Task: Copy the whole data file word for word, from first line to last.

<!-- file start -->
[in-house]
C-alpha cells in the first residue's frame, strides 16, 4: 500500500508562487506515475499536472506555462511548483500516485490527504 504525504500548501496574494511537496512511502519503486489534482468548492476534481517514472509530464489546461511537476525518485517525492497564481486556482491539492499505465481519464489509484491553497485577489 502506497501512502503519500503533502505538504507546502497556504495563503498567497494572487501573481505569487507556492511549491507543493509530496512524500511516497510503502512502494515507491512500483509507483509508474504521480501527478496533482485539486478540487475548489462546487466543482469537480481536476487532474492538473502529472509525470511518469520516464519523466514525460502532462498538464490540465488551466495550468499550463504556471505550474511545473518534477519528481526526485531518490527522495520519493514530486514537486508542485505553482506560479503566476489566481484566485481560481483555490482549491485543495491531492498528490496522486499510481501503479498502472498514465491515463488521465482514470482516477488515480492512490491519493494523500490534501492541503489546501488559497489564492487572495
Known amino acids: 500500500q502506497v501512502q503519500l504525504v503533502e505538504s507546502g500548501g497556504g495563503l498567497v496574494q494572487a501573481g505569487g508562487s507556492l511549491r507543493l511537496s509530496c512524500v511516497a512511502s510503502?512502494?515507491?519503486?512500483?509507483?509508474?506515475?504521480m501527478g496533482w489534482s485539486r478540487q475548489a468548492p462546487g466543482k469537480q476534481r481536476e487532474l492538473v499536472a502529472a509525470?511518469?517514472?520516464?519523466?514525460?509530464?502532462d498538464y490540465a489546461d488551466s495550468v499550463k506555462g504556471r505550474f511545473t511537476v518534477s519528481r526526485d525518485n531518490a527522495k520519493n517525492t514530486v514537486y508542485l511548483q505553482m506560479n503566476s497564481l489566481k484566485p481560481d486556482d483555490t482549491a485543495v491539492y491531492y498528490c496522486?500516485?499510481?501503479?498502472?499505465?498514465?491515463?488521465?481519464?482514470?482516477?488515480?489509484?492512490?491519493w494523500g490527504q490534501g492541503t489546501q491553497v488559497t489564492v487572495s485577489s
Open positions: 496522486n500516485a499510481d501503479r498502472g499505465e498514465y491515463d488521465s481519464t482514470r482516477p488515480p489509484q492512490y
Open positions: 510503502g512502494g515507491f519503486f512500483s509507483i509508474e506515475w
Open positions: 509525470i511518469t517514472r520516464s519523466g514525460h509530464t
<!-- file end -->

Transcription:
[in-house]
C-alpha cells in the first residue's frame, strides 16, 4: 500500500508562487506515475499536472506555462511548483500516485490527504 504525504500548501496574494511537496512511502519503486489534482468548492476534481517514472509530464489546461511537476525518485517525492497564481486556482491539492499505465481519464489509484491553497485577489 502506497501512502503519500503533502505538504507546502497556504495563503498567497494572487501573481505569487507556492511549491507543493509530496512524500511516497510503502512502494515507491512500483509507483509508474504521480501527478496533482485539486478540487475548489462546487466543482469537480481536476487532474492538473502529472509525470511518469520516464519523466514525460502532462498538464490540465488551466495550468499550463504556471505550474511545473518534477519528481526526485531518490527522495520519493514530486514537486508542485505553482506560479503566476489566481484566485481560481483555490482549491485543495491531492498528490496522486499510481501503479498502472498514465491515463488521465482514470482516477488515480492512490491519493494523500490534501492541503489546501488559497489564492487572495
Known amino acids: 500500500q502506497v501512502q503519500l504525504v503533502e505538504s507546502g500548501g497556504g495563503l498567497v496574494q494572487a501573481g505569487g508562487s507556492l511549491r507543493l511537496s509530496c512524500v511516497a512511502s510503502?512502494?515507491?519503486?512500483?509507483?509508474?506515475?504521480m501527478g496533482w489534482s485539486r478540487q475548489a468548492p462546487g466543482k469537480q476534481r481536476e487532474l492538473v499536472a502529472a509525470?511518469?517514472?520516464?519523466?514525460?509530464?502532462d498538464y490540465a489546461d488551466s495550468v499550463k506555462g504556471r505550474f511545473t511537476v518534477s519528481r526526485d525518485n531518490a527522495k520519493n517525492t514530486v514537486y508542485l511548483q505553482m506560479n503566476s497564481l489566481k484566485p481560481d486556482d483555490t482549491a485543495v491539492y491531492y498528490c496522486?500516485?499510481?501503479?498502472?499505465?498514465?491515463?488521465?481519464?482514470?482516477?488515480?489509484?492512490?491519493w494523500g490527504q490534501g492541503t489546501q491553497v488559497t489564492v487572495s485577489s
Open positions: 496522486n500516485a499510481d501503479r498502472g499505465e498514465y491515463d488521465s481519464t482514470r482516477p488515480p489509484q492512490y
Open positions: 510503502g512502494g515507491f519503486f512500483s509507483i509508474e506515475w
Open positions: 509525470i511518469t517514472r520516464s519523466g514525460h509530464t